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Feminism is Alive and Well ... Even Sarah Palin Wants to Be One

Gloria Steinem, grande dame of the feminist movement, and Jehmu Greene, Women's Media Center director, discuss the state of feminism with Katie Couric.

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COURIC: What was confusing for me when I read the article ... I thought, well, this is a lot to celebrate and then I would read other pieces. And Anna Quindlen came and gave a speech in Charlottesville and she brought up some very antithetical points to the piece. But before we mentioned those can I just talk about some of the good news real quick before we totally become buzz‐killington, as my daughter says?

Women are 60 % of all college graduates. Women are 68% of all master degree holders. They have more PhDs and almost 42% of those with MBAs are now women. So there are some good things. As we mentioned, they are the majority in the work force. But let’s talk about some things that are not so good.

STEINEM: But even that is not so… It’s great that women are educated. I couldn’t agree more because it gives you pleasure in your life. But part of the reason women need a BA degree or a college degree is that even with one they make less than a man with a high school education because they can’t become plumbers and electricians or they’re less likely to get into the trades that pay a lot even without a college education.

COURIC: Which is an interesting point. But let’s talk about some of the negative statistics and why they still exist. Now this is according to the White House Project. Women account for only 18% of our top leaders in all fields. In politics – in female representation -- the US has dropped to the 69th spot, behind Iraq and North Korea, which I found so shocking. In 1993 women were 12% of partners in law firms. Today it’s a whopping 18%. Only 17% of Congress is made up of women. Women make 78.7 cents for every dollar a man makes. And women earn more college degrees, as I mentioned, but hold only 16% of leadership roles in the business world, 23% in academia, and 22% in journalism. And of course the number that you mentioned are decision‐making ‐- I guess management ‐- jobs. So why these depressing statistics? What’s behind this? And why haven’t we come further if so many strides have been made?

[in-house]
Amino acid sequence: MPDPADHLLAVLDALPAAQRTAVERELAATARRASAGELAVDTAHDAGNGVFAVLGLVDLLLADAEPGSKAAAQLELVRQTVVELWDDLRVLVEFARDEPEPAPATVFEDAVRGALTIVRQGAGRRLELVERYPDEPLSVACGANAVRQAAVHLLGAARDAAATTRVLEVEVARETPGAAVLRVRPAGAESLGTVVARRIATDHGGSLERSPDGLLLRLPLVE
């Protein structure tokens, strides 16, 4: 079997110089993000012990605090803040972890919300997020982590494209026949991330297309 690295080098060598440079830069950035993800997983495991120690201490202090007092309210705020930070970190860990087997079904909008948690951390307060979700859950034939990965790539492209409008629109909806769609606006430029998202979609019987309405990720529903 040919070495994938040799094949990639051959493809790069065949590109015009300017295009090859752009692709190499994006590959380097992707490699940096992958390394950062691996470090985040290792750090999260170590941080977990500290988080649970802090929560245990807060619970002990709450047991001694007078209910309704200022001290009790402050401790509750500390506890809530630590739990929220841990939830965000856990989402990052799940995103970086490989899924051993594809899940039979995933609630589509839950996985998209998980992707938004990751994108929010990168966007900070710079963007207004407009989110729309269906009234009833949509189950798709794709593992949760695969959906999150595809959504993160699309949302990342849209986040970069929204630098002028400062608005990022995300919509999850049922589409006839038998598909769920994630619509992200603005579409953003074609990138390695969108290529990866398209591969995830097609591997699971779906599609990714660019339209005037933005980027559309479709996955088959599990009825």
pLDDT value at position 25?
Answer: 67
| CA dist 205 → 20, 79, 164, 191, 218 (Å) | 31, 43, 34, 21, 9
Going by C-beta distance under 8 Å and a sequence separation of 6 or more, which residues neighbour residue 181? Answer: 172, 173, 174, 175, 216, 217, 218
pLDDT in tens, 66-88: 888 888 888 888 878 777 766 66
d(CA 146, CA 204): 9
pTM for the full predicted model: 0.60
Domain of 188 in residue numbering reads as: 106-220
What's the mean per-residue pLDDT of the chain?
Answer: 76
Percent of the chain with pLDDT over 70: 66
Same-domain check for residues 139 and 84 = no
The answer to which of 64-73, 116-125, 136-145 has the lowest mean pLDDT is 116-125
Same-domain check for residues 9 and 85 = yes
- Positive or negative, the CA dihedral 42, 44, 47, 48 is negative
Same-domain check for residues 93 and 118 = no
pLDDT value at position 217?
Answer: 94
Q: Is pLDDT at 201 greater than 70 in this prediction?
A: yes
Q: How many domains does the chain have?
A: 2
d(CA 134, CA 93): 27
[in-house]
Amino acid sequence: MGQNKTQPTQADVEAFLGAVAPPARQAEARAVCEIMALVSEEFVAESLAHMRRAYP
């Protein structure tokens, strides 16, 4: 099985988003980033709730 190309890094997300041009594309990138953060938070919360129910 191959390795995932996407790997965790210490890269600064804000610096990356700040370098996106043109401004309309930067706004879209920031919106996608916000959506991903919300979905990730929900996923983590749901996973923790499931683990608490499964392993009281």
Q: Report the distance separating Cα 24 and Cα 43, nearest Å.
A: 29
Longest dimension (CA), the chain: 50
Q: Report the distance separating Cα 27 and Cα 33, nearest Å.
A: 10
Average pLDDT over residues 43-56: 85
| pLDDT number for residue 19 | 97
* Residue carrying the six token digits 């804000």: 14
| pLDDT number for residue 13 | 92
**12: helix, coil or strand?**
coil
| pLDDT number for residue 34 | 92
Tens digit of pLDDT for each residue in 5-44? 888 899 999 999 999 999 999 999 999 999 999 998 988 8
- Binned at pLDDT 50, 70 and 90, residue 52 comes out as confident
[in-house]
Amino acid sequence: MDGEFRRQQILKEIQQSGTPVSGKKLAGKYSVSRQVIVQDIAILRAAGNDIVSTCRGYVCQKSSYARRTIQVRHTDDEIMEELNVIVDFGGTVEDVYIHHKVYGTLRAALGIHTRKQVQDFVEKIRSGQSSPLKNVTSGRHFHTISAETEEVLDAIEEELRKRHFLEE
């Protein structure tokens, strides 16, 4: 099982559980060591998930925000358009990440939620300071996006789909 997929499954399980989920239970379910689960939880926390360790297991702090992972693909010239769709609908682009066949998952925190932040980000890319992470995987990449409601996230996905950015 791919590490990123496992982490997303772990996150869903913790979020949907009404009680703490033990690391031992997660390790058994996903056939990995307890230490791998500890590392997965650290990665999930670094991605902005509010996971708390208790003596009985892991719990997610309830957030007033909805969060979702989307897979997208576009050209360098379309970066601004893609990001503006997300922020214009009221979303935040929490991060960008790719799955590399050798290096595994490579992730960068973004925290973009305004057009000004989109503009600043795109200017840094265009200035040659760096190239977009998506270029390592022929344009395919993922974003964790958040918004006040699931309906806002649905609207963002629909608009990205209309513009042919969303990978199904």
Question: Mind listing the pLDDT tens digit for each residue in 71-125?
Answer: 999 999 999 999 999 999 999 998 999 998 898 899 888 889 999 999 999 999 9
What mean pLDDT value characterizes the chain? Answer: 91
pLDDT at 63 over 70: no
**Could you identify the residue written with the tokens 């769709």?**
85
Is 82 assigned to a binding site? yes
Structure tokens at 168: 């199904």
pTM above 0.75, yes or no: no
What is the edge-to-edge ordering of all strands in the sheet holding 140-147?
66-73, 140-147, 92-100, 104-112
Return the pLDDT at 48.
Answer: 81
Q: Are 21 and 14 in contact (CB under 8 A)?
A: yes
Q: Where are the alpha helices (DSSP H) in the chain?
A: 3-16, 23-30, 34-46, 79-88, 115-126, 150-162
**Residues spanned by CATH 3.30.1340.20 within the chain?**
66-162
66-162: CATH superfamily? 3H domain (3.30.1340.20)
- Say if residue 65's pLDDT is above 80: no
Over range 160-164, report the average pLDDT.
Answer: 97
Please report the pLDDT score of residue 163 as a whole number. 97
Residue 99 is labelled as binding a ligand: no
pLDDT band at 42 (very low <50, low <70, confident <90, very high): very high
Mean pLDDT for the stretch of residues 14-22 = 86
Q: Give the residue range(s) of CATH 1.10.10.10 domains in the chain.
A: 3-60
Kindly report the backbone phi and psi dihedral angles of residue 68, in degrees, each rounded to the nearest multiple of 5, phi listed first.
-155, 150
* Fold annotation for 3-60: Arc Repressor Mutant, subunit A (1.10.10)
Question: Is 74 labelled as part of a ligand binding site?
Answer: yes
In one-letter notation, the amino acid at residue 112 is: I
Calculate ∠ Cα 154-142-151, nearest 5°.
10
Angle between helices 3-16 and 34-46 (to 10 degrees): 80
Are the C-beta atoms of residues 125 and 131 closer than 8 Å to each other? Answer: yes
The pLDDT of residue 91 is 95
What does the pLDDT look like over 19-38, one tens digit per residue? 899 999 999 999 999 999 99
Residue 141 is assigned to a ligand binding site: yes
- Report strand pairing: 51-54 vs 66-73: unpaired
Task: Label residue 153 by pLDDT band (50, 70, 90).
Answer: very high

STEINEM: Patriarchy is behind this and racism is behind this. These are really old systems so it takes quite awhile.We had a suffragist and an abolitionist movement that gained a legal identity as human beings for women of all races and men of color. That took more than 100 years. Now we’re striving for legal and social equality. That’s gonna take 100 years probably. We’re only 30 years into it. This is a long process and we’ve come an incredible distance, which we need to celebrate, but really the problem mainly is our idea of our sound bite minds that we think it’s going to happen right away. We have to do as much as we can every day and push the boundaries. But we also have to plan for our daughters and our grandsons who are also going to be feminists. We have to look forward.

COURIC: What do you think are the major factors? If you had to pinpoint sort of actual things, in addition to social and cultural movements taking a long time to have an impact. Are there specific things that are keeping women from progressing more in the workplace?

GREENE: We have to look at the media again. It surrounds us. It tells our stories. When you look at G rated movies having the same amount of sexualized images of girls and women as R rated films do, that clearly has an impact. When you look at the speaking roles in all animated films that one out of three are going to be girls or women. If you look at just the acceptance of sexism in the media, especially with our female candidates, the levels of attacks and how it is accepted which is completely contrary to if something is said that is deemed as being racist. I think I’m actually quoting you when I say “sexism needs to become as repugnant as racism.” We are far from that place today because the outrage isn’t there. We saw in the 2008 presidential campaign, with the level of attack Senator Clinton came under, all without much response from the community to say: “This is unacceptable."  Whether it is products that are being sold or statements that are said on air, we do have a long ways to go to raise the level of outrage around sexism.

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